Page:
• The number of smart buildings worldwide is projected to climb from 45 million this year to 115 million in 2026, an increase of more than 150%, as demand grows for secure, energy-efficient developments. insiderintelligence.com.
  • About 90% of smart building spending will go to nonresidential properties in 2026. insiderintelligence.com.
  • According to a World Green Building Council study, enhancing ventilation and indoor air quality can improve worker productivity by 8-11%, and enhancing lighting conditions can improve productivity by 23%.
  • The global smart building market size was estimated at $69.80 billion in 2021 and is expected to hit $201.16 billion by 2031, registering a CAGR of 11.3% from 2022 to 2031. Allied Market Research.
  • The global smart building market is projected to grow from $80.62 billion in 2022 to $328.62 billion by 2029, at a CAGR of 22.2% in forecast period, 2022-2029.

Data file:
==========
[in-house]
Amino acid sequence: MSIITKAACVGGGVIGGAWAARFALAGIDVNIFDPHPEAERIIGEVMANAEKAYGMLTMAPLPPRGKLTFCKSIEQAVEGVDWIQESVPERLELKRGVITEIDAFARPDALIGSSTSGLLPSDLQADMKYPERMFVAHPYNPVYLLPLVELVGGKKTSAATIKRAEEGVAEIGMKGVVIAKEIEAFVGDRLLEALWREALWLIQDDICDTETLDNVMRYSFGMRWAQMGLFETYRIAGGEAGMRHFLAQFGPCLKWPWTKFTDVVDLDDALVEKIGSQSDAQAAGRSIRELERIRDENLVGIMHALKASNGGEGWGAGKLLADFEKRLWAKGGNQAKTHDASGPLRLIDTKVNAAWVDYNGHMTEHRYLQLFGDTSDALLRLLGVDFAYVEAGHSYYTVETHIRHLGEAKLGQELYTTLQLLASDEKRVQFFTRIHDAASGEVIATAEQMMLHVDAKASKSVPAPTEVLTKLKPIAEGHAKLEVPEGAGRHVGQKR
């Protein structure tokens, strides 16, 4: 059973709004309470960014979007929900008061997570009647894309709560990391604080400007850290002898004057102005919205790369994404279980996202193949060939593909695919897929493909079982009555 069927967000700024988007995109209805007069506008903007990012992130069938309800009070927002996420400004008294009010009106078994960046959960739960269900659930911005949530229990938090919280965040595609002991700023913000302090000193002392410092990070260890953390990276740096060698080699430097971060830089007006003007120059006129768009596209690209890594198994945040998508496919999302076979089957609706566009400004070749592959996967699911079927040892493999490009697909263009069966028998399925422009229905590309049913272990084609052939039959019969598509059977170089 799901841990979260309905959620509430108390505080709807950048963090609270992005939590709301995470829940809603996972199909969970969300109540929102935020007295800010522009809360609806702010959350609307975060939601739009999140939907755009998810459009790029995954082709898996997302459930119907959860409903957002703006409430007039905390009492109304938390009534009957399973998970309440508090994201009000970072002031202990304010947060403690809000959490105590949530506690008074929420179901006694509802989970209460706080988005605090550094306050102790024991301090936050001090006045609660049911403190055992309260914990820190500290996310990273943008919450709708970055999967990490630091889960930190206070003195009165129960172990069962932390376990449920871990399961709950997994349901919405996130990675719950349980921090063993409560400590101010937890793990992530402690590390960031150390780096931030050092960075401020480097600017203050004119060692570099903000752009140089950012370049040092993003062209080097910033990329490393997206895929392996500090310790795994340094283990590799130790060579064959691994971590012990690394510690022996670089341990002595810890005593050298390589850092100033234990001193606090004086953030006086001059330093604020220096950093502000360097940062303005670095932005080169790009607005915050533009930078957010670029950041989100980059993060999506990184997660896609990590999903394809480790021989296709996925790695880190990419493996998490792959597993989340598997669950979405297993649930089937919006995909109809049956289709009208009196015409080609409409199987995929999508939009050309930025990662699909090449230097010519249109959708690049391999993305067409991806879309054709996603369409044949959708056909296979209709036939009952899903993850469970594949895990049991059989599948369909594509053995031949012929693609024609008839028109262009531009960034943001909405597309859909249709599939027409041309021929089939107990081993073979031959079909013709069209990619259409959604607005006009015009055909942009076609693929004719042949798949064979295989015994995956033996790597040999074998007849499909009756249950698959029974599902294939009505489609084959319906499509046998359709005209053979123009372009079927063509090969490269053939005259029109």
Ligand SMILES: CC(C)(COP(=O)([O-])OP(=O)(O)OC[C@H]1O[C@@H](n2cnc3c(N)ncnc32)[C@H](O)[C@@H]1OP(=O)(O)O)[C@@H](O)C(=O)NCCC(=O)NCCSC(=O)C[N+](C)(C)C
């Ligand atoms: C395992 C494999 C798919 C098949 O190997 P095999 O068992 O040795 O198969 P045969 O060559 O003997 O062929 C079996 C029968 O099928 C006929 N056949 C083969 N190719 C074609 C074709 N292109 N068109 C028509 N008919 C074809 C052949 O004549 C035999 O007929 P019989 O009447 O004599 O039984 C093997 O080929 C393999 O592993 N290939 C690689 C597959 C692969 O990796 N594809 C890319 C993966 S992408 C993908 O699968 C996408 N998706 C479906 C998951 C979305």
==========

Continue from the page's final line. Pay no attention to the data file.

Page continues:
• Around US$450 million in funding has been provided for emissions reductions in heavy industry, including CCS and clean hydrogen, materials, new technologies, and efficient construction.401 A green infrastructure plan for London, worth almost US$2 billion has been announced, which involves working with utility providers to support projects such as improved water efficiency and electric vehicle charging. vivideconomics.com
  • A net zero urban transformation would: Require new investment of ~2% of global GDP per year; Yield annual returns of US$2.8 trillion per year by 2030, and US$6.9 trillion per year by 2050, from energy and material cost savings alone ($24 trillion NPV); Support 87 million jobs in 2030, and 45 million jobs in 2050
  • The energy efficiency sector provides good, lasting jobs in the wake of a crisis: since the 2008 global economic crisis, the clean energy sector has added 11 million jobs. urbantransitions.global.
  • Energy management is expected to grow rapidly due to increasing green building initiatives and stringent government regulations on energy consumption. For instance, Shanghai’s New Development Bank (NDB) implemented intelligent building solutions to monitor indoor lighting, electric curtains, and windows and witnessed more than 15% energy saving. fortunebusinessinsights.com